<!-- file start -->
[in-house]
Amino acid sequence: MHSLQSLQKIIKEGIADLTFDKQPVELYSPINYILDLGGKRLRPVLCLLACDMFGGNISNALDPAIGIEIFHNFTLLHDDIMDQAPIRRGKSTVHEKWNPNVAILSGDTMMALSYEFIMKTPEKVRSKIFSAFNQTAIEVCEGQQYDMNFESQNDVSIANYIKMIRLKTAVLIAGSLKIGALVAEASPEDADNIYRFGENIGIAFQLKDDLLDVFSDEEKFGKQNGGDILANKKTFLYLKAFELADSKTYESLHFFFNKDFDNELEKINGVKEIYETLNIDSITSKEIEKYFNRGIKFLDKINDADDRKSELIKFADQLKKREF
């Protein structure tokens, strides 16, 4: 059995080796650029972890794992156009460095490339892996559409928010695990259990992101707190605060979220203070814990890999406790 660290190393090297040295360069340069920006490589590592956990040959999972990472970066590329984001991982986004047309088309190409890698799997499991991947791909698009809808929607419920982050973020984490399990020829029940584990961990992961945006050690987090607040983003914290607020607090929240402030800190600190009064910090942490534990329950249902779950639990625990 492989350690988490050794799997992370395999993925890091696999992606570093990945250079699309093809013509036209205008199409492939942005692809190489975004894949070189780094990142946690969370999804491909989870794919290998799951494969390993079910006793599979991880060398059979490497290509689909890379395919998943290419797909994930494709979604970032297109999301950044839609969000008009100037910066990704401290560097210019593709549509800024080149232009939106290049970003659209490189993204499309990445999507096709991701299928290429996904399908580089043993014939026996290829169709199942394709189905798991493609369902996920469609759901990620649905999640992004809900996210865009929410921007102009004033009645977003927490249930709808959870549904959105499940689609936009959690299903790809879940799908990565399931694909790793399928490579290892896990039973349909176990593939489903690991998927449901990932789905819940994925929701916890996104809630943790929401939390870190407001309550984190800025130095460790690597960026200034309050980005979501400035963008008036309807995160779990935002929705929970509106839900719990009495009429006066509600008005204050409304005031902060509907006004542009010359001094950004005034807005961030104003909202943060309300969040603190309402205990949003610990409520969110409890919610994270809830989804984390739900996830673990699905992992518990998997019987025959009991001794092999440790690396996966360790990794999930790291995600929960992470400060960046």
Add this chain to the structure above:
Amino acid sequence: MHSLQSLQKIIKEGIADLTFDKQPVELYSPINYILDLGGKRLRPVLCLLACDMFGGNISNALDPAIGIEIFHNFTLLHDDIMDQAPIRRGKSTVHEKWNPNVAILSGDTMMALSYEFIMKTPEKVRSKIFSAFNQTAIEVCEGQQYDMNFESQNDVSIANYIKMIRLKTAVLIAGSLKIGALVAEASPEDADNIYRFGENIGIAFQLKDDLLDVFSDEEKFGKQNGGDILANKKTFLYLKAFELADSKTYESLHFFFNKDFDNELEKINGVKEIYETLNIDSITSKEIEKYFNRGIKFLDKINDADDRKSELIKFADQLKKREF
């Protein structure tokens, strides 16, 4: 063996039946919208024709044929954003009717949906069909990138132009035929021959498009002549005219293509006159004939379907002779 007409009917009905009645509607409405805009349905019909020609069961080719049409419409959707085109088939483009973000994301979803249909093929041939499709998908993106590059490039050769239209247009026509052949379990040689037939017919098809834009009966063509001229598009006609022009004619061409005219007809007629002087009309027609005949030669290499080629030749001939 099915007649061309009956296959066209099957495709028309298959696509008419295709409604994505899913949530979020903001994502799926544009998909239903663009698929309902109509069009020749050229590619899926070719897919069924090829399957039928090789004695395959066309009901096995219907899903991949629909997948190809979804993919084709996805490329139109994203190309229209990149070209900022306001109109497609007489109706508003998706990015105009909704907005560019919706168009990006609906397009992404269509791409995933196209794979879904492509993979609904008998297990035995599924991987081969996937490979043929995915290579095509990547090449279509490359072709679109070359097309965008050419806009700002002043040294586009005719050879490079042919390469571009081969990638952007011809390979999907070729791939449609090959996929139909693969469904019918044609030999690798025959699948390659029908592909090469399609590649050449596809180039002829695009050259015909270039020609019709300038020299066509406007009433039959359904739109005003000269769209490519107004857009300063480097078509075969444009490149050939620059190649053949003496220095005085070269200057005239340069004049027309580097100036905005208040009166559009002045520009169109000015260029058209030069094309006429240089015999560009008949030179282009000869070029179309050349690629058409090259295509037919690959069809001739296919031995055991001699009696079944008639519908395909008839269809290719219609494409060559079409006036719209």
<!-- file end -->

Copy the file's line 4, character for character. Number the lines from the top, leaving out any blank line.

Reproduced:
Add this chain to the structure above: